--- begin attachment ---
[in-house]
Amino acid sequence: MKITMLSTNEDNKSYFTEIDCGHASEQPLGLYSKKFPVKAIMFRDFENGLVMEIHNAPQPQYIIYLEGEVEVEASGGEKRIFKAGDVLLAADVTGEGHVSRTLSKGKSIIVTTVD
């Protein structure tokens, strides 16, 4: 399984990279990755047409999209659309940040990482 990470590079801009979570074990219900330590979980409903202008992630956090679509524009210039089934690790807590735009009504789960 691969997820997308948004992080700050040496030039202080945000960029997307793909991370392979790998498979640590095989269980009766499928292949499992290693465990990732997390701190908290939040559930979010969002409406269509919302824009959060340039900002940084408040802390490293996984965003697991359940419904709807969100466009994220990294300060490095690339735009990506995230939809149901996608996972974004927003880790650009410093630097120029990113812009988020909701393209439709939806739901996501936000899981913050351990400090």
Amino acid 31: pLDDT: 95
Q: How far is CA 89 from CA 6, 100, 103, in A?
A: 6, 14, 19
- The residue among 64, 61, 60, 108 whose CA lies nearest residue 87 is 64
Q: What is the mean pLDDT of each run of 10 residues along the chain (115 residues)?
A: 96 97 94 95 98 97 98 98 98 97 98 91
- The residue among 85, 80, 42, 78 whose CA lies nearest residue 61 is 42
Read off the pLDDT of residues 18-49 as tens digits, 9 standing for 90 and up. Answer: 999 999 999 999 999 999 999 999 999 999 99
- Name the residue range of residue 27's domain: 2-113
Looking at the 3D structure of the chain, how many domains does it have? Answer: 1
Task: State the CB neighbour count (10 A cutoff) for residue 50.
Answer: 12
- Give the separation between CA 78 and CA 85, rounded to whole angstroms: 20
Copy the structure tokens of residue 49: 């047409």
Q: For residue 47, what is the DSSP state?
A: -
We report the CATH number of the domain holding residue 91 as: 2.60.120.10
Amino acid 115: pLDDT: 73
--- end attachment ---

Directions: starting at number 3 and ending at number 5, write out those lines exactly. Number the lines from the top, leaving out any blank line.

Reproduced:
């Protein structure tokens, strides 16, 4: 399984990279990755047409999209659309940040990482 990470590079801009979570074990219900330590979980409903202008992630956090679509524009210039089934690790807590735009009504789960 691969997820997308948004992080700050040496030039202080945000960029997307793909991370392979790998498979640590095989269980009766499928292949499992290693465990990732997390701190908290939040559930979010969002409406269509919302824009959060340039900002940084408040802390490293996984965003697991359940419904709807969100466009994220990294300060490095690339735009990506995230939809149901996608996972974004927003880790650009410093630097120029990113812009988020909701393209439709939806739901996501936000899981913050351990400090």
Amino acid 31: pLDDT: 95
Q: How far is CA 89 from CA 6, 100, 103, in A?